four years ago I went to the Horniman Museum in Lewisham one hot August afternoon. Afterwards, I sat in the museum’s garden, and wondered how much time I had left. I was 41, out-of-condition, out-of-sorts, unemployed and unattached.
The museum is on a hill, with views over London which are called commanding. I sat on a bench feeling a miserable failure-both privately and professionally-added to which I had pains all over my body. But on a whim I walked up the hill, and on another park bench I surrendered myself and my body to the sun and south London below. Suddenly I felt whole again. Do you sometimes feel like this, that you have no idea whether large tracts of your life are pleasure or pain?
Then I thought about those who need no longer wonder this: my personal dead. Like in the Henry James story, The Altar of the Dead, except that I was not going to erect any altars to them. I am sometimes considered a nice person, but I lack pity. I don’t believe we care for others; only intermittently do we wish them well at all. We are, after all, the only species that systematically kills its own kind.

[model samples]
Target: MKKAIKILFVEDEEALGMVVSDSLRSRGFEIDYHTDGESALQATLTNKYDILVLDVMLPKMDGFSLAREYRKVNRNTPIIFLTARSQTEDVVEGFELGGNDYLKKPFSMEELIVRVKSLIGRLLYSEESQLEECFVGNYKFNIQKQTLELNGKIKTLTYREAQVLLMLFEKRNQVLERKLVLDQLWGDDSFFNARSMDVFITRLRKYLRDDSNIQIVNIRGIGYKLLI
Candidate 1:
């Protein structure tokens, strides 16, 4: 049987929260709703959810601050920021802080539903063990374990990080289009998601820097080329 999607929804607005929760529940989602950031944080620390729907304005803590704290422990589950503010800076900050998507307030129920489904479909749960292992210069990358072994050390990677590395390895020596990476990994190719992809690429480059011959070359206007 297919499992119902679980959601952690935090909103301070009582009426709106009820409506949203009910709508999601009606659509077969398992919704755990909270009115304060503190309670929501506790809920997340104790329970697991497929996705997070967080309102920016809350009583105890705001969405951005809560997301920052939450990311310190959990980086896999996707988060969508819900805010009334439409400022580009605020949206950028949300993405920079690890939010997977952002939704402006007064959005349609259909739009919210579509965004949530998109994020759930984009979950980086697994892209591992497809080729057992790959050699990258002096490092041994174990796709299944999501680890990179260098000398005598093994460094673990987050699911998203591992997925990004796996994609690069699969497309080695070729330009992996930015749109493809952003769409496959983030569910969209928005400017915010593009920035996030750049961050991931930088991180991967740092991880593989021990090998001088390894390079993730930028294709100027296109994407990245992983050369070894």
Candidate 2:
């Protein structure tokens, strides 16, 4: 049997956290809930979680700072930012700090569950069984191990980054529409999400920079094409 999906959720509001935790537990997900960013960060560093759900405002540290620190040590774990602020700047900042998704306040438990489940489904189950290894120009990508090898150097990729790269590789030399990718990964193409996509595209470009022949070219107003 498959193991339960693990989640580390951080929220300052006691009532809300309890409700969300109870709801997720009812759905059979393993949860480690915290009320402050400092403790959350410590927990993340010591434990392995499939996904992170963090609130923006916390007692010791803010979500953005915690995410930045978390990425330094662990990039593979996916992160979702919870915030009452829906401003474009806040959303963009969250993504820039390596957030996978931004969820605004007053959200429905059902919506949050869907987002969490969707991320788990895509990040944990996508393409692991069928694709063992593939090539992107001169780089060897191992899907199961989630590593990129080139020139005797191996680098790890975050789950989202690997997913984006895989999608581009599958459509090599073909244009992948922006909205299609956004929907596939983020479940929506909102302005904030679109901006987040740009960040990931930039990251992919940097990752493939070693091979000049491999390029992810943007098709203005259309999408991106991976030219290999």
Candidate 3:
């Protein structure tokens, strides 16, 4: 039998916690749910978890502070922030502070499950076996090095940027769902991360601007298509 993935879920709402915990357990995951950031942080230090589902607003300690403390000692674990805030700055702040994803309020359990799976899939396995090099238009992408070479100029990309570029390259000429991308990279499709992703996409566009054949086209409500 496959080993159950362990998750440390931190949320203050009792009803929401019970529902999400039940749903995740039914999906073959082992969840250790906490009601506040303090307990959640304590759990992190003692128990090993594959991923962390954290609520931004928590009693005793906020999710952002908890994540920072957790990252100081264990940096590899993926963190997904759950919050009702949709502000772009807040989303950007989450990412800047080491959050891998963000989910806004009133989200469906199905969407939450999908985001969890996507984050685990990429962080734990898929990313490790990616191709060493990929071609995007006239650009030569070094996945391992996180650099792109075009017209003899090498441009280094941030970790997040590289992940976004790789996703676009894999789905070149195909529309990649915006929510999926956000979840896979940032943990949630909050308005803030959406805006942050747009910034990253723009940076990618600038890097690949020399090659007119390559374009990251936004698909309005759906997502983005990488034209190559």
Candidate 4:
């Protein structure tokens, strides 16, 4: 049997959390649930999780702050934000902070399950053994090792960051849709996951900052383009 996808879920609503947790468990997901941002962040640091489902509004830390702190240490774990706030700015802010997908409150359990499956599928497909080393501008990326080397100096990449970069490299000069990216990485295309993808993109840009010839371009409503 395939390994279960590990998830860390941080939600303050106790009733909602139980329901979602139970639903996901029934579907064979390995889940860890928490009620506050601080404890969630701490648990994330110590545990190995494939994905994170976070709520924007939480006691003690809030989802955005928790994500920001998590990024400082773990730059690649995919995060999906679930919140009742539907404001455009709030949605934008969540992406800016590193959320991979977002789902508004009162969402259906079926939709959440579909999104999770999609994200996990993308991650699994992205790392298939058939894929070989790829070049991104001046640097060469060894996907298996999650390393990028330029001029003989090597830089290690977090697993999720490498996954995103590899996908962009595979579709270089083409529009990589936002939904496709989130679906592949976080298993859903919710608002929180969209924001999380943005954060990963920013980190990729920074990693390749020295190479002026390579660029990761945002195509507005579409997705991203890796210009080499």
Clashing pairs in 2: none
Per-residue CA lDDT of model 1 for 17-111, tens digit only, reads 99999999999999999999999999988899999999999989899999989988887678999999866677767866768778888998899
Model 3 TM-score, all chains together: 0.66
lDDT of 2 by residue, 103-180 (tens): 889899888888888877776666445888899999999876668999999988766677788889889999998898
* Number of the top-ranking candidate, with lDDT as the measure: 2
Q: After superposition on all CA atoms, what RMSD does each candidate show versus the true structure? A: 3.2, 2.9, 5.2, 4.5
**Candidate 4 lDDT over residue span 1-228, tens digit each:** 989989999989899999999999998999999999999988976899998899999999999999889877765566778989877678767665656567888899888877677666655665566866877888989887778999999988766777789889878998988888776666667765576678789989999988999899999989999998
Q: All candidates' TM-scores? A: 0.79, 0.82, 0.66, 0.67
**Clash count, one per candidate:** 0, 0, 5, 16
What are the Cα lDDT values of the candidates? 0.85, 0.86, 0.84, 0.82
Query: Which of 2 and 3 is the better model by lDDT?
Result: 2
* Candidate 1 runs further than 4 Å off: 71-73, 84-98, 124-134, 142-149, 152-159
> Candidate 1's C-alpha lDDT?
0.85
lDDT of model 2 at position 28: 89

My personal dead were all roughly of my own age-one thinks less about the older ones. Most of them had died within a short time, in a sudden sweep of death’s scythe. The son of my parents’ friends, the diabetic, who had died alone in an empty house. The strange, vivid girl met at a snowbound party, dead three months later of a brain haemorrhage. The half-friend half-enemy from school pushed off a roof in Los Angeles. The Aids deaths. The… I didn’t remember the rest.
Except one. He was called Martin, and he was more significant. I was worried that I did not feel his loss, because he had been my friend.
But is that true? I had known him more than 20 years. We had met at Oxford. He was a Northern Irish Catholic; brilliant, a sexual conqueror. He could destroy me with a word, but honoured me with his friendship. But for some reason that I never quite fathomed, at the age of 25, his life stopped. The rest, until his blood pressure killed him at 43, was epilogue. He lived on the dole in a tiny stinking room in Oxford, attending Mass…